By Jim Galiano.
Mike Gibbons was one of the best Middleweight fighters to never hold a world title. Mike started his career in 1908. His brother Tommy followed two years later. Mike Gibbons fought in possibly the toughest era in the history of the Middleweight division. His style wasn’t exactly a crowd pleasing one, however. Descriptions such as “methodical,” and “safety first” describe Gibbon’s style to a tee!
I don’t believe the phrase, “Stunk the whole joint out,” was coined by a journalist covering one of his fights… but you get the point. Gibbons’ priorities were – don’t get hurt, don’t get cut, don’t get marked. If you have to take a punch to give a punch… pass.
All that being said, Gibbons was a master boxer. Mike Gibbons only lost 3 out of 129 bouts. Two of his defeats were during a comeback from his retirement from the ring.
Those who saw Gibbons fight live said “The Saint Paul Phantom” had a good right hand. But his knockouts usually came after his opponents tired. And his opponents usually tired while trying in vain to slow down their elusive opponent.
Harry Greb was so frustrated by Gibbons’ defense that he said to his manager, Red Mason, “You sonafabitch, from now on match me with one guy at a time!”
Fighting Gibbons was like chasing one fighter while blocking the punches of another.
Mike and his brother Tommy were scientific strategists who study their opponents thoroughly. They knew styles made fights and crafted their in the ring strategies based upon each opponent specifically and individually.
“First of all we keep books. By ‘we,’ I mean my brother Tom and I. It was Tom’s idea to keep a book on fighters. I used to have a lot of loose notes that I would consult but it got to be a cumbersome task, so Tom started a big account book and in it we have a careful resume of every fighter in the business either of us is apt to be called upon to fight as well as those we have already fought and are liable to be called upon to meet again.”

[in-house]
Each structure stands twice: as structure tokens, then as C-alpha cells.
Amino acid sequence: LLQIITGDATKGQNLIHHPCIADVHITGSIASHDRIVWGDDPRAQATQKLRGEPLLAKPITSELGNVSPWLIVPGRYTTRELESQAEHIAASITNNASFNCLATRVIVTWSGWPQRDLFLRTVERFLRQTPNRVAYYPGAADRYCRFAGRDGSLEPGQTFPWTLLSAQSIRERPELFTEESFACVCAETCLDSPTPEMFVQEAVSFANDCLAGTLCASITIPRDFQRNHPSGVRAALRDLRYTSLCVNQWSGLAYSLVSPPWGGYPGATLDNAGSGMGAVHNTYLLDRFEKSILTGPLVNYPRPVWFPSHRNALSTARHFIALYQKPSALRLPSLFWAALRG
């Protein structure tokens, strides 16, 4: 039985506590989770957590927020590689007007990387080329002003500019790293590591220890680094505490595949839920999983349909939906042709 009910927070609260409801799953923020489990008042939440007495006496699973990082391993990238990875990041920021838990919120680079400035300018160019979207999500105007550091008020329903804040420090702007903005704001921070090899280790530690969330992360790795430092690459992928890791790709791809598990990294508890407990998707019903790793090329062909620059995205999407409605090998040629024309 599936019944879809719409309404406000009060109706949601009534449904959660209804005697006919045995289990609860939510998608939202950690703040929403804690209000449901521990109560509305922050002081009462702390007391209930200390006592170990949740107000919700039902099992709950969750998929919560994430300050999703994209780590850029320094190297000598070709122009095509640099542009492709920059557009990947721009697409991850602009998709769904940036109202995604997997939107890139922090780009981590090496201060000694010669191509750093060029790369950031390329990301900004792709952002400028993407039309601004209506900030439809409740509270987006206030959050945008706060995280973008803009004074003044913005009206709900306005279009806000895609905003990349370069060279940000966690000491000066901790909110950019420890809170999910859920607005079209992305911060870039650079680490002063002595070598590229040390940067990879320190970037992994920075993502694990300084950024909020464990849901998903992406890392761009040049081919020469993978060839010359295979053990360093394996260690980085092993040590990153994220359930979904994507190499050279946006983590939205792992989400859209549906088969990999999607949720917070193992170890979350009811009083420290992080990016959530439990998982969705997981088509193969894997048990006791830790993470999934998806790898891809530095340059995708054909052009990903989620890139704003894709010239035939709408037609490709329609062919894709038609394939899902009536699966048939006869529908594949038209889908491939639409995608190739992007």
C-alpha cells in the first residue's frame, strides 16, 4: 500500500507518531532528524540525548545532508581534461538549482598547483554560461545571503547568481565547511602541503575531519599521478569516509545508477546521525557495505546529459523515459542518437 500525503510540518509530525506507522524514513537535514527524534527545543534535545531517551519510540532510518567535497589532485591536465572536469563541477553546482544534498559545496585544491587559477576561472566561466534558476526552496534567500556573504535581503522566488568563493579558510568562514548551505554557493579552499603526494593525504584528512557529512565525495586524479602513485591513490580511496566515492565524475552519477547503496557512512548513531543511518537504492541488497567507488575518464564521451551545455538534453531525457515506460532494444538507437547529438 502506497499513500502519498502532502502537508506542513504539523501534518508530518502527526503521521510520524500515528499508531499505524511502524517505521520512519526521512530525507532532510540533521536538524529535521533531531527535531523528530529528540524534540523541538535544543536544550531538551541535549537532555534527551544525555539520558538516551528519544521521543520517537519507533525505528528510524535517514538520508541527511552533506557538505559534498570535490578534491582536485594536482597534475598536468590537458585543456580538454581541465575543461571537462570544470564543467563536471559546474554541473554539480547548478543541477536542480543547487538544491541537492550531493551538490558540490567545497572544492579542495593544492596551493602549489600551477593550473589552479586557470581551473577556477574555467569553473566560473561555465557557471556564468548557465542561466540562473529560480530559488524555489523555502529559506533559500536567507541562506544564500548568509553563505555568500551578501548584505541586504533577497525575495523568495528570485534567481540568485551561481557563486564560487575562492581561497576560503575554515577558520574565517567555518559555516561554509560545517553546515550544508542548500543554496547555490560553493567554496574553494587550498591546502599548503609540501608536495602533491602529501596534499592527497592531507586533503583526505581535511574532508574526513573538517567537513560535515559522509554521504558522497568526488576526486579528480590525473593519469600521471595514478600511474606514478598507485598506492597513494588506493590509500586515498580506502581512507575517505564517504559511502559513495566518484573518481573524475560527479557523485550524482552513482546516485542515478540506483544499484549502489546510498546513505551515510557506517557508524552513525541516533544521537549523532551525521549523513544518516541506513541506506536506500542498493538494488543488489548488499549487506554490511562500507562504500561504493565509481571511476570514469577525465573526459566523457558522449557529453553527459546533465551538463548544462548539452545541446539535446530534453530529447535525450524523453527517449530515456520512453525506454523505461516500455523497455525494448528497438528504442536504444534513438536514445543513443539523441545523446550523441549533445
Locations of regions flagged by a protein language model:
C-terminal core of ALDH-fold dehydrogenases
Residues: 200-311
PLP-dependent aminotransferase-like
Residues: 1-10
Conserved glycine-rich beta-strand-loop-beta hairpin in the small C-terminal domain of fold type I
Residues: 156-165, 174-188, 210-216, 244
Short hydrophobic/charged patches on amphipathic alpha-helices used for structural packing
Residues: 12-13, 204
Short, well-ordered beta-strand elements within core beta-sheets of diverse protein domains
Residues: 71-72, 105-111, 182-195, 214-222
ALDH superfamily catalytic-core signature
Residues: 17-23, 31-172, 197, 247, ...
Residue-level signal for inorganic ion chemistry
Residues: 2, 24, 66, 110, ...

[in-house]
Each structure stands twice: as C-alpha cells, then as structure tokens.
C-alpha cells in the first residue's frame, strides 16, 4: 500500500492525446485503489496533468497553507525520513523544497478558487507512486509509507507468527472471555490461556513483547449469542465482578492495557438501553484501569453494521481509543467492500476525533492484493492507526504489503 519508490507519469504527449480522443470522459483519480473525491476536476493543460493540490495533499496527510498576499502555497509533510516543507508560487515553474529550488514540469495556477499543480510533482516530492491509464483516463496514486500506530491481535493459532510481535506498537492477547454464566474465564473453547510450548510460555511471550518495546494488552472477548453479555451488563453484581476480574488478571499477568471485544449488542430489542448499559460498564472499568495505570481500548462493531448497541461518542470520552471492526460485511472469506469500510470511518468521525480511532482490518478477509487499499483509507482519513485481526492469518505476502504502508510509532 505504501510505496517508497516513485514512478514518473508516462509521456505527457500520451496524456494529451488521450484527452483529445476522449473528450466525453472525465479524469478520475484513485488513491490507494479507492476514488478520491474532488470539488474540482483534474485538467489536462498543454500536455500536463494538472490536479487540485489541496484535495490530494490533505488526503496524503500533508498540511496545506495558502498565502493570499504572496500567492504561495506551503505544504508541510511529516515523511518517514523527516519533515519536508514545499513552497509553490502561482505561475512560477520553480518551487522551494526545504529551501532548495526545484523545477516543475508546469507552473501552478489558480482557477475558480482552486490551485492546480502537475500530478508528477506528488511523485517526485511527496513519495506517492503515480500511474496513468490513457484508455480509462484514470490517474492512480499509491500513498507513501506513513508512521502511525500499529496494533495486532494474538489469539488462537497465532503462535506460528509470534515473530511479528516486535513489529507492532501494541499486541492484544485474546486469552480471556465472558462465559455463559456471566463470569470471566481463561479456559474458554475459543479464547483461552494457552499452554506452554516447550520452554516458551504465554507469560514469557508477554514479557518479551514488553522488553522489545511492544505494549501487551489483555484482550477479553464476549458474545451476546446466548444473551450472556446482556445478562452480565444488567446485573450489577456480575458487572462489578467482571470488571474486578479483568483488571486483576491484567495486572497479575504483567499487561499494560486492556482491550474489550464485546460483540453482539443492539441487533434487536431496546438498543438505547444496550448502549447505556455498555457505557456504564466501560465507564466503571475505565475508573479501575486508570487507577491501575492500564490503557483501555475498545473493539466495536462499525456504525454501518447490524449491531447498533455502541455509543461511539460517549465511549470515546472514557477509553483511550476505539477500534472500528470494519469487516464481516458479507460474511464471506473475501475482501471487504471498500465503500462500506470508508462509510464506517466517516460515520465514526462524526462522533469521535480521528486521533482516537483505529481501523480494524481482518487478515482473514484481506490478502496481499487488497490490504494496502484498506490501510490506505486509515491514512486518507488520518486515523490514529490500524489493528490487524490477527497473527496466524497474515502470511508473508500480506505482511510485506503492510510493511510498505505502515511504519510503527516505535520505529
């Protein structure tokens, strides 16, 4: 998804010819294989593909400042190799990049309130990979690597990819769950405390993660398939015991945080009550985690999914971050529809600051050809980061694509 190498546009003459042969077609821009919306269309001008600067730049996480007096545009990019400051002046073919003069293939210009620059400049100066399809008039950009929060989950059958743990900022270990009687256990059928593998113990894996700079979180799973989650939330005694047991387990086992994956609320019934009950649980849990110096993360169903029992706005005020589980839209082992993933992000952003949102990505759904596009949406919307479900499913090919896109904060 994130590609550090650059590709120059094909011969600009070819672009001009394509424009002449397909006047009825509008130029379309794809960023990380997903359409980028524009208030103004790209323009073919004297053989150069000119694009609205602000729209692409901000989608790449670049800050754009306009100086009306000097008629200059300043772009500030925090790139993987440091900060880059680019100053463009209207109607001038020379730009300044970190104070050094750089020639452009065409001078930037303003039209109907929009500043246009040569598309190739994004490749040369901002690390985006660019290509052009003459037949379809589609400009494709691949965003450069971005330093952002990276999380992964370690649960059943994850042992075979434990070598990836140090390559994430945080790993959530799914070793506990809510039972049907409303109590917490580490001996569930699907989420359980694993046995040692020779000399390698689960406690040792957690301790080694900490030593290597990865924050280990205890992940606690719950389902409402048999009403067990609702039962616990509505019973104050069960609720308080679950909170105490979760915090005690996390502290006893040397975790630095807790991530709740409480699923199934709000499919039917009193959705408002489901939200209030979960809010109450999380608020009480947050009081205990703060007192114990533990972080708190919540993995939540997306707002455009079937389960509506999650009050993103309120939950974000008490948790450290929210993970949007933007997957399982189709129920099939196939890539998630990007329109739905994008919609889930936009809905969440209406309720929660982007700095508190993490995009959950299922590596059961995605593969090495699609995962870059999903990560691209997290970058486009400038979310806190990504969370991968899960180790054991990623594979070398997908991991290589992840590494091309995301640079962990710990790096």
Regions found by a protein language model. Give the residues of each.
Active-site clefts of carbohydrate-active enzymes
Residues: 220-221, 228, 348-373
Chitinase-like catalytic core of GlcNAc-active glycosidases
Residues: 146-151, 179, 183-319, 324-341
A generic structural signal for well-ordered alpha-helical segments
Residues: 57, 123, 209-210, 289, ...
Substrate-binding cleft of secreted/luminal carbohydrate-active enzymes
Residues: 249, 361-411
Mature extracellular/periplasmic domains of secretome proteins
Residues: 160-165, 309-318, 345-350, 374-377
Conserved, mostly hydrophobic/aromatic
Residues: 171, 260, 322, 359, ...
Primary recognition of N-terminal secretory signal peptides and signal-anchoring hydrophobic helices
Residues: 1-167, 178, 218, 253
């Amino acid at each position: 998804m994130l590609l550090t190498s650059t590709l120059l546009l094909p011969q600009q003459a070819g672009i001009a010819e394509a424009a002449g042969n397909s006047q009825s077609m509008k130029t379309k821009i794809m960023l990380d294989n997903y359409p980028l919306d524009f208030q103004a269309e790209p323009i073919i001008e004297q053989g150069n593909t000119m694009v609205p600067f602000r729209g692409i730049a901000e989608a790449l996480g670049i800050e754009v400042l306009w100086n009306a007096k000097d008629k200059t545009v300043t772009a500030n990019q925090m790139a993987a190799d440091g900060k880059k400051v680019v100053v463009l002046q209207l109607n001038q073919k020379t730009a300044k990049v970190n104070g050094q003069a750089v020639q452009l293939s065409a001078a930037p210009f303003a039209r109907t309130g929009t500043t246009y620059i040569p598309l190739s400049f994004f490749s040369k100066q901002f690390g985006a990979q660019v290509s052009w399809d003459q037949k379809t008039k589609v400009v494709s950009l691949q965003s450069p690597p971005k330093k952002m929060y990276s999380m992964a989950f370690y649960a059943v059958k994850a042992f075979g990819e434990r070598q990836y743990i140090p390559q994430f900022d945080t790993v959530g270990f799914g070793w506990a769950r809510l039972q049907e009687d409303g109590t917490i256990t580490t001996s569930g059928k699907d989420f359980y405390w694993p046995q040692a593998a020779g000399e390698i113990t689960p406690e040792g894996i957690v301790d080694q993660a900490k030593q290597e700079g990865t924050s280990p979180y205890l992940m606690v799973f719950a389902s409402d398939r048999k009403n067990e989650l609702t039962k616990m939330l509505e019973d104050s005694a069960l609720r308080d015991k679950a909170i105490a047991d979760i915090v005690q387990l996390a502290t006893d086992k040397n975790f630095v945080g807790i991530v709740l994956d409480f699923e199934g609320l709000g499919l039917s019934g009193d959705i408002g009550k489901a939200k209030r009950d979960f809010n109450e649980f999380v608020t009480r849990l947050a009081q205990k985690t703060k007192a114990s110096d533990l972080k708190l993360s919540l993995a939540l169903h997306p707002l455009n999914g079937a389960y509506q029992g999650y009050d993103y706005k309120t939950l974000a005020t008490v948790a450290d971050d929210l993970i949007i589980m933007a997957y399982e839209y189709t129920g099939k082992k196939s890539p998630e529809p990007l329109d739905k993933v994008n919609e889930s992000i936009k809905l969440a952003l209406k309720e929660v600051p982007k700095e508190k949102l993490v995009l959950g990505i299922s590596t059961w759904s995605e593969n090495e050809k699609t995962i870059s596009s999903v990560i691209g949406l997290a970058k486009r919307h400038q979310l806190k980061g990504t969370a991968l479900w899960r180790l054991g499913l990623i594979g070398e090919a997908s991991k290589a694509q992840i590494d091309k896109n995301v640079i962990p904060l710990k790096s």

“Every bit of strength that a fighter is known to have is jotted down in this book along with his weakness, his temperamental aspects, his habits and how they are liable to affect his ring work, etc.”
“The tough fellow, the slugger who is willing to tear at you and take a chance, must be made to back up,” wrote Mike Gibbons.
“The clever fellow who is anxious to stand off at long range and exchange his ‘Long Toms’ with you, must be made to come into you.
“That’s all there is to the Mike Gibbons system to beating them all. It needs little further explanation. The really great boxer is the fellow who can make his opponent do exactly what he should not do.”
Mike Gibson used his mind like a general preparing for battle. In doing so, he rode an incredible stretch of 11 years and over a hundred fights without a loss.
The boxing experts and writers of Gibbons era all say that Gibbons’ interest in not getting hit and hurt caused him to blow his opportunity to pick up the title that was up for grabs after the death of Stanley Ketchel. After defeating Jeff Smith, Willie Davis and Jack Denning, he was matched with Eddie McGoorty who outweighed Gibbons by 10 pounds. It was agreed that the winner would be recognized as the legitimate, Middleweight Champion of the World. The fight, in plain English, was dud. Gibbons ran, clutched and danced his way to the final bell. Angry fans pelted the ring with garbage and booed Gibbons out of the ring.
Afterward, Gibbons bounced back to meet and defeat the best fighters of his era including McGoorty in a rematch. He was again considered to be the uncrowned Middleweight Champion. Mike defeated Jeff Smith (again) and Ted “Kid” Lewis leading up to his fight with “The Giant Killer,” Jack Dillon.
Dillon, a Middleweight himself, earned his nickname by knocking out Light Heavyweights as well as Heavyweights. Dillon carried one-punch power as well as the ability to grind and opponent down over the course of the fight, stopping him with accumulated damage.
The bout was scheduled for 10 rounds. Most experts didn’t think Gibbons stood much of a chance of staying away from Dillon bombs for 10 rounds. They met on November 16, 1916. Gibbons put on a clinic, winning all ten rounds decisively – sometimes hitting Dillon with as many as 9 or 10 consecutive punches without taking anything in return. For Dillon, it was like trying to hit a ghost!
Mike Gibbons retired in 1918. As with many fighters, his retirement wasn’t to last. He returned to the ring and defeated the likes of Harry Greb, Jeff Smith, Leo Houck and 26 other men in newspaper decisions.
He retired for good in 1922 and went on to be a successful businessman. He passed away in 1956 while playing poker with friends.
Gene Tunney emulated the fighting style of Mike Gibbons, patterning his style after watching him over a period of time training in the gym. Like Gibbons, Tunney would face the big punchers of his day. Most notably, Jack Dempsey. Mike Gibbons was never stopped in a career that spanned over 100 fights.
– The Boxing Magazine: August 2009